Luxury brands raise prices aggressively to stay luxury
Chanel is jacking up prices once again even though some customers could be priced out of the company's products.
And losing some customers may actually be the point.
On March 3, the French company raised the prices of its handbags and wallets by five percent on average, following the previous increase of 17 percent in January. It marked the company's sixth price hike in about a year.
The Classic Flap, a handbag measuring 23 centimeters (9 inches) in length and 14.5 centimeters in width, now costs over 10 million won ($8,050), up 36 percent from November 2020 and nearly double the price from a decade ago.
Chanel isn't the only high-end brand going even higher — Rolex, Hermes, Dior, Burberry and Tiffany & Co. announced price hikes in January, and Prada, Louis Vuitton and Gucci in February.
Though what initially drove the price jump was the pandemic-driven market slowdown, luxury brands are continuing to up prices at a fast pace even after the market rebounded.
In 2019, 70 percent of the total luxury purchases by Chinese shoppers were made in the United States and Europe. Sales plunged in 2020 due to the travel ban and global supply shortage.
Chanel reported an 18 percent on-year drop in revenue to $10.1 billion and a 41 percent on-year decline in operating profit to $2.0 billion in 2020. LVMH, which owns some 70 brands including Louis Vuitton and Christian Dior, and France's Kering, which owns Gucci and Saint Laurent, both posted a 16 percent decrease in sales.
The companies quickly recouped the losses in 2021 by increasing the prices as the luxury market recovered from the pandemic and the demand began to rise in the United States, China and Korea.
According to research firm Bain & Company, global luxury sales last year surpassed the pre-pandemic level of 2019, reaching some 283 billion euros ($311 billion), up 29 percent on year.
The post-pandemic increase in demand is the major driver of luxury prices, but there is another factor: the law of scarcity.
Chanel is one example.
As the company gained in popularity last year due to the "revenge spending" trend — impulsive spending driven by the frustration of missing opportunities due to Covid-19 — and the growing local luxury reselling market, some rich consumers have been turning away from the brand.
"I decided not to visit Chanel boutique anymore after watching a bunch of people waiting outside the store," said a 43-year-old who has been using Chanel products for over twenty years.
"Now when someone mentions Chanel, things that come to my mind are words like reselling and open runs," said the consumer.
"Open run" is a Korean term for pulling an all-nighter in front of department stores to buy a luxury product as soon as the stores open in the morning.
To make the products more desirable, companies are making them less accessible.
Analysts found Chanel's pricing strategy similar to that of Hermes, another high-end luxury company targeting wealthy consumers.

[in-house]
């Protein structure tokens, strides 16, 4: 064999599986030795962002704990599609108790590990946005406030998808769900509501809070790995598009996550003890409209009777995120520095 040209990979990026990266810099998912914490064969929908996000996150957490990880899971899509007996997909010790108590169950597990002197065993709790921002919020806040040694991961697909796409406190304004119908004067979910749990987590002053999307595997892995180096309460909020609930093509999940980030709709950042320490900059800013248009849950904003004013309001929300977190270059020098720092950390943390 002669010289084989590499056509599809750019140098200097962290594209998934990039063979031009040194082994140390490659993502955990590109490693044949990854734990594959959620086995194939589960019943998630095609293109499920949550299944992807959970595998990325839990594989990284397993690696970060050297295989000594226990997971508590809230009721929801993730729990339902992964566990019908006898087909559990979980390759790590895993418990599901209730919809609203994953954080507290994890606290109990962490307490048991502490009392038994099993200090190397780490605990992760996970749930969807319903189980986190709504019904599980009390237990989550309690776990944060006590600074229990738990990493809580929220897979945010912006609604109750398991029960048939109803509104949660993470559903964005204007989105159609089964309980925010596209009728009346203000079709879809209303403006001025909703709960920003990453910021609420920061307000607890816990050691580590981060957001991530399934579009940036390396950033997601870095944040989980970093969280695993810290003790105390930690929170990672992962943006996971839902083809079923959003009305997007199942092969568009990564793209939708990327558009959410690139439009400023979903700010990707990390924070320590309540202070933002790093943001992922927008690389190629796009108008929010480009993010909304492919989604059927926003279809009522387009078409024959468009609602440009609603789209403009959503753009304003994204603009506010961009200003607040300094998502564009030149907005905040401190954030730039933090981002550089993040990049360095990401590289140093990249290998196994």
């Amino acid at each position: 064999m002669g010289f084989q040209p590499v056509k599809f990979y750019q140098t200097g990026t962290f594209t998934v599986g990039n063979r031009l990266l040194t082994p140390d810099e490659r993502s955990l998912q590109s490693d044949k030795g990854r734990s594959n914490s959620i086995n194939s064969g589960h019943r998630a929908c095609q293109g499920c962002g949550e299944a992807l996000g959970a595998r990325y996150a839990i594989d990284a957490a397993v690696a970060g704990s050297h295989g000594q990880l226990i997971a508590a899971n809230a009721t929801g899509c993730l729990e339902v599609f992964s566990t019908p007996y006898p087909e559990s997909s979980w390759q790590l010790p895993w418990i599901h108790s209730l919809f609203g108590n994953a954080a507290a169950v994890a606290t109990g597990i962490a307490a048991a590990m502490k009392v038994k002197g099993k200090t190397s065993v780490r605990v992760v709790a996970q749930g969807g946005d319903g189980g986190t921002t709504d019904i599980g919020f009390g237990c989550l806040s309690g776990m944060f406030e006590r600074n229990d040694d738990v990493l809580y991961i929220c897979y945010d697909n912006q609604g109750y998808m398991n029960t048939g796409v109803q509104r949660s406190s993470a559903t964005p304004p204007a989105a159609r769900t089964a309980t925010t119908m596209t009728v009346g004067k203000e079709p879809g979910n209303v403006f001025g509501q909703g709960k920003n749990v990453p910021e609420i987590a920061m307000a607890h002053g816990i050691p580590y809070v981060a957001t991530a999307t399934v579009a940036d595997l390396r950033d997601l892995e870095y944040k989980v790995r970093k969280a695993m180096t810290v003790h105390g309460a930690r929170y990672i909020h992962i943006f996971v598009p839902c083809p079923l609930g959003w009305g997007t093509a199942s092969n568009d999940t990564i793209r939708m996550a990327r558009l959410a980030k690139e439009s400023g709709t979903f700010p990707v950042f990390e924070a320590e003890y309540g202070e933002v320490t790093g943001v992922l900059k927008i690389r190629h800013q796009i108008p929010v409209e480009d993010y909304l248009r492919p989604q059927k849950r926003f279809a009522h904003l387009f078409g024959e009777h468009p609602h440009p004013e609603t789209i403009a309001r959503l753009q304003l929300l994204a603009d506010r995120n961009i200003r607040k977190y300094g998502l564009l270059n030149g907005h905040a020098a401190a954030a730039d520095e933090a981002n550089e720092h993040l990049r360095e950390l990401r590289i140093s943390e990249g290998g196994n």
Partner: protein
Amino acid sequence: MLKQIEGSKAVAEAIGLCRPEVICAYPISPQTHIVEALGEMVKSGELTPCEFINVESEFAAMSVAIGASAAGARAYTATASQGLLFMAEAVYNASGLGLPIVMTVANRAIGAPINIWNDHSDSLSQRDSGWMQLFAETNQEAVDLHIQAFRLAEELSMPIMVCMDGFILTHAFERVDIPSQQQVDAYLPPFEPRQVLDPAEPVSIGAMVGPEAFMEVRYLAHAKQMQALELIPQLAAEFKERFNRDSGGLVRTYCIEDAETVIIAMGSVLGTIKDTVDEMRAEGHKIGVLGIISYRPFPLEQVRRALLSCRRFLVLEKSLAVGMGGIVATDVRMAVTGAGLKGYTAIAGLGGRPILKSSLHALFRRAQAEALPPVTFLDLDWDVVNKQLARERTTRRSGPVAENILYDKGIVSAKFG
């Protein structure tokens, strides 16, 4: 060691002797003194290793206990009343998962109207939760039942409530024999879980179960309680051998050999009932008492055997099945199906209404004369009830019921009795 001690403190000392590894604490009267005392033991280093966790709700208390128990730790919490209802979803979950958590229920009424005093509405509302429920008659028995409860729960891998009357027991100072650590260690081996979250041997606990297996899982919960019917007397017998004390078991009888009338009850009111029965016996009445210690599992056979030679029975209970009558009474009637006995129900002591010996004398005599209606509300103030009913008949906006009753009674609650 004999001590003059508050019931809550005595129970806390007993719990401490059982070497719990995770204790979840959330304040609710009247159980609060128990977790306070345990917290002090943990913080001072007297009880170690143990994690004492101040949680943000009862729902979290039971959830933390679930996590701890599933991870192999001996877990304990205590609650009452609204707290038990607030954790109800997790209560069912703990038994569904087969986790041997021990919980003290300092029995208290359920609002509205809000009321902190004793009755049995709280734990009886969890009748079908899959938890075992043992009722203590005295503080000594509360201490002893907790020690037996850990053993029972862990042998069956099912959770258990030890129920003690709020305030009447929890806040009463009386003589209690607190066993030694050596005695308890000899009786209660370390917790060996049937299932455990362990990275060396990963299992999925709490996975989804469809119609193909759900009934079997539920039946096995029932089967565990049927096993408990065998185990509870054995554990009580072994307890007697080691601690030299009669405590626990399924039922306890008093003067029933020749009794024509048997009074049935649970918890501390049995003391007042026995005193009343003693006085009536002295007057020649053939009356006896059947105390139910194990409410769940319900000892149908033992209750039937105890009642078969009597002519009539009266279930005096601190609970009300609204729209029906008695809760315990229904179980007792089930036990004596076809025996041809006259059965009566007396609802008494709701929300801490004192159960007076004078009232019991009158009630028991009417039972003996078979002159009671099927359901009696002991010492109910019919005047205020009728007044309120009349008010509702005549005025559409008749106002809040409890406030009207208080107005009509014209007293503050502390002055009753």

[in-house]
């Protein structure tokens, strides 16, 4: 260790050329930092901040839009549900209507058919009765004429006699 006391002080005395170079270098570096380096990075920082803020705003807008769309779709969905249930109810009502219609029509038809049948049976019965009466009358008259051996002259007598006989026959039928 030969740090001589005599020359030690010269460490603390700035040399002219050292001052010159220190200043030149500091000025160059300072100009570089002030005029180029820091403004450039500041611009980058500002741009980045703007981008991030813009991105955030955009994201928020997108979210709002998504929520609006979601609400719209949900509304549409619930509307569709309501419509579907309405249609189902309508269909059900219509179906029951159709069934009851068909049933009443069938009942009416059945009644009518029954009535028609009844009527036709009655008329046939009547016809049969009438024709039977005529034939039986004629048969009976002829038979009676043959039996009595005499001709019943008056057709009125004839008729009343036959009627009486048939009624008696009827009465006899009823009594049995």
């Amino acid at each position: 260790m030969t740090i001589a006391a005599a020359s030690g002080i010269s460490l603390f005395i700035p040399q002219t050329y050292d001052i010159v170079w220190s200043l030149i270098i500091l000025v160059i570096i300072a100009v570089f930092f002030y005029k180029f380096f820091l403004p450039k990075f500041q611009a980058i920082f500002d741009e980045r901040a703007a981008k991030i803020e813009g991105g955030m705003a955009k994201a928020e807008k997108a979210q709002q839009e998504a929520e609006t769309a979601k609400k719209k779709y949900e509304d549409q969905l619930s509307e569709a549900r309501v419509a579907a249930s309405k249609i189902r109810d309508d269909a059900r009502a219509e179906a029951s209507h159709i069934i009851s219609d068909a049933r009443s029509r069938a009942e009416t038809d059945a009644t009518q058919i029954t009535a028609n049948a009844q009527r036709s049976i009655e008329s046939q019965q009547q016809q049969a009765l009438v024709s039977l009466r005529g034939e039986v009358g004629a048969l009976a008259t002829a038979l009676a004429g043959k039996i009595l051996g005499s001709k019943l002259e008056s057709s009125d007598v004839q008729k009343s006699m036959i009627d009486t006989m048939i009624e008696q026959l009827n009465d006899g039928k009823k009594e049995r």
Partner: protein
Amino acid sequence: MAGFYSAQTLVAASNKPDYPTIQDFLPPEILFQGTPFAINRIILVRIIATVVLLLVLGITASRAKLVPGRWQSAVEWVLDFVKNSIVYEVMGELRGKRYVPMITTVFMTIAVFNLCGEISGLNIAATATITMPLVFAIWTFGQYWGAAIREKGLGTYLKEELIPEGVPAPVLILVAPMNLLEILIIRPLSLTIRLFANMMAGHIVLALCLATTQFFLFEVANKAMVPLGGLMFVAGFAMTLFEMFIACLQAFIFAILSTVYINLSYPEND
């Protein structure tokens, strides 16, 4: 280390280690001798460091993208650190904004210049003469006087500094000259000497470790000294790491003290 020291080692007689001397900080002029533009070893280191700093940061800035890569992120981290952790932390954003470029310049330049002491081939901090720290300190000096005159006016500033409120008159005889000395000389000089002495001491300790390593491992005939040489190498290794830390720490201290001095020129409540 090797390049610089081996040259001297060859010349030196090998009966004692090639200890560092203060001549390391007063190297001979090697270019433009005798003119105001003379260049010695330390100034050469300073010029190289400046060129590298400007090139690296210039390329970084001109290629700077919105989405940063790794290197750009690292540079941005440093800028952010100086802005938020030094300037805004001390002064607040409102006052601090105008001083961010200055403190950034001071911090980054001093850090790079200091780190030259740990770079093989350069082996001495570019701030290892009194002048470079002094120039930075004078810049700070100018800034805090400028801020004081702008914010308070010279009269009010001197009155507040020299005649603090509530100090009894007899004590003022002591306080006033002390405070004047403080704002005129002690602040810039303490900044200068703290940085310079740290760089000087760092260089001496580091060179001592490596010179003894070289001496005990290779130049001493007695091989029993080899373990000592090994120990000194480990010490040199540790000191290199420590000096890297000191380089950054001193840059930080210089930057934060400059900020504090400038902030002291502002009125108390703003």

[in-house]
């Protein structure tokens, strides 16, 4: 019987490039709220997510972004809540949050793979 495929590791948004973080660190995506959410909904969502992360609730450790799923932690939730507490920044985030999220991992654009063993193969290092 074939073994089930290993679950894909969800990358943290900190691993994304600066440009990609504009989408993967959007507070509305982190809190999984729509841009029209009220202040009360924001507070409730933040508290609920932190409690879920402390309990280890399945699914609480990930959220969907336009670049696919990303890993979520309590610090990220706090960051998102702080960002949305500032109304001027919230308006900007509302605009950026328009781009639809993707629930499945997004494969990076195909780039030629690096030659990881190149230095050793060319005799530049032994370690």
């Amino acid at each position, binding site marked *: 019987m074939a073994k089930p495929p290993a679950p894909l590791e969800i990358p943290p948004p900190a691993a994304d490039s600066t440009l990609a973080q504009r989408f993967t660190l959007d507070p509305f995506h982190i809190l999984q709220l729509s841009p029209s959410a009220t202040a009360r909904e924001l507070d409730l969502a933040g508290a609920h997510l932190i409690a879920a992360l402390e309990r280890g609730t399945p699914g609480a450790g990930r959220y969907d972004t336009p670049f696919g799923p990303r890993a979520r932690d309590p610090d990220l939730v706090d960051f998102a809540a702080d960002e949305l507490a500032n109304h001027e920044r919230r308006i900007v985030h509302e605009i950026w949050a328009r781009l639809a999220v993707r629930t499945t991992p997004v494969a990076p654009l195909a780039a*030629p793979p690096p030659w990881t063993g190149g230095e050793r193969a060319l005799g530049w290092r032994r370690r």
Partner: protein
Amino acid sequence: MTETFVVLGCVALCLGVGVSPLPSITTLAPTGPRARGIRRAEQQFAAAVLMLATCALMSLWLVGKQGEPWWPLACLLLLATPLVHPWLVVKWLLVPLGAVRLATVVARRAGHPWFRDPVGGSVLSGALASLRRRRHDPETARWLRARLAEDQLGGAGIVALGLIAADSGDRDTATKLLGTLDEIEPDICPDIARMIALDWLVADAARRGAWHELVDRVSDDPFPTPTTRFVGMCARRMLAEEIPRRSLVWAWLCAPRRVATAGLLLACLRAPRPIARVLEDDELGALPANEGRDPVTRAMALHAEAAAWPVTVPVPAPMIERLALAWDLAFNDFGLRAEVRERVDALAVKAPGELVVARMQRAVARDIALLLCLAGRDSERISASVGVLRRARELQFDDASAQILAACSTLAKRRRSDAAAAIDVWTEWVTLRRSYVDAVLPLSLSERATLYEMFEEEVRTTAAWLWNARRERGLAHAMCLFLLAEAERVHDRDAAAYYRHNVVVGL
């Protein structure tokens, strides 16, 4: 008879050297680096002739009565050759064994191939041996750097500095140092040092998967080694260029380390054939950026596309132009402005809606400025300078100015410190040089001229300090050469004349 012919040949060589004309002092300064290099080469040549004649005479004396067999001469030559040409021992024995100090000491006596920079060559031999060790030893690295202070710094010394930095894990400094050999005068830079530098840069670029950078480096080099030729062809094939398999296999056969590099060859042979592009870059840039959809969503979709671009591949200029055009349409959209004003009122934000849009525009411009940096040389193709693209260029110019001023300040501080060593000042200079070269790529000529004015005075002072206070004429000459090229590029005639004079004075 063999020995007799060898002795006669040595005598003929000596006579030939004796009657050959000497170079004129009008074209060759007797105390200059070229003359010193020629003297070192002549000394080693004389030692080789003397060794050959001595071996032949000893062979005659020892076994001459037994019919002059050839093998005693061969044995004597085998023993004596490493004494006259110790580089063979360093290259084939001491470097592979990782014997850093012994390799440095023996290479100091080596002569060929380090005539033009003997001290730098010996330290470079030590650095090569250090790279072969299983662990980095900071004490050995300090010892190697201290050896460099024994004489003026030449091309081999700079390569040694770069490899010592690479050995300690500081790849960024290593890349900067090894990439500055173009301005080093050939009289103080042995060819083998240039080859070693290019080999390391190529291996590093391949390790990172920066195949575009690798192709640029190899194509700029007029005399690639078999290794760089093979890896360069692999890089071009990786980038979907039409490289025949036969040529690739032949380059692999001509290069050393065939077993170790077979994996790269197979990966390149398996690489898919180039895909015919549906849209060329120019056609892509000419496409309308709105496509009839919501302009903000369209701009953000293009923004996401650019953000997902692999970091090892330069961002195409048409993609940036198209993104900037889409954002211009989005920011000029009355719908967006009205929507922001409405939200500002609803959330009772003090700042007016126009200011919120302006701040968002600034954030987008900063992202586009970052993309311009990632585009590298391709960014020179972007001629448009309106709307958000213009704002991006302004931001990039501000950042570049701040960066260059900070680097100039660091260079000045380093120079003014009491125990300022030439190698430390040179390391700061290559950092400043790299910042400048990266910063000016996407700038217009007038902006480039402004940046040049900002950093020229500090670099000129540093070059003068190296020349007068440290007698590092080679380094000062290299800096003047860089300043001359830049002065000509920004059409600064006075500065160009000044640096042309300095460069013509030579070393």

The price of a medium-sized Chanel Classic Flap bag increased 93 percent over the past decade, from 6.1 million won to the current 11.8 million won, a pace much steeper than the rise of the consumer price index.
The consumer price index rose 13.5 points, or 14.7 percent, during the same period.
Brands that are considered high-end but sell at a lower price compared to Rolex, Hermes or Chanel don't increase prices as often. For them, whether their customers can afford the price increase is a key question. On the other hand, customers for Hermes and Chanel remain largely unaffected by price fluctuations. Rather, they tend to prefer luxuries that are not commonly accessible for average consumers.
That is why high-end brands are eyeing the wealthy younger generation in the Chinese market.
While the number of the super-rich with assets worth more than $30 million was the highest in the United States, China has seen the fastest growth, according to consulting firm Knight Frank.
The super-rich in China is estimated to exceed 100,000 by 2025.
Bain & Company also found that China will take up half of the total luxury consumption worldwide in 2025.
Some experts are skeptical whether luxury brands can continue to up prices.
"Can you put prices up 50 percent in the next two years? I don't know," said Flavio Cereda-Parini, an analyst at Jefferies & Company, in a March 4 Financial Times report.
Though there is little doubt that the global luxury market will keep expanding, the luxury price increases may face resistance if governments start to lift the travel bans and China continues to report a slower-than-expected economic growth.
Goldman Sachs forecast China's luxury market to grow 9 percent on year. It lowered its projection from the previous 13.5 percent, citing the country's low growth target and the property market crisis.
Luxury companies might have to go through "painful corrections" if prices continue to soar at a sharp pace, said Bernstein analyst Luca Solca on The Fashion Law report in 2020.
BY LEE SO-AH [email@example.com]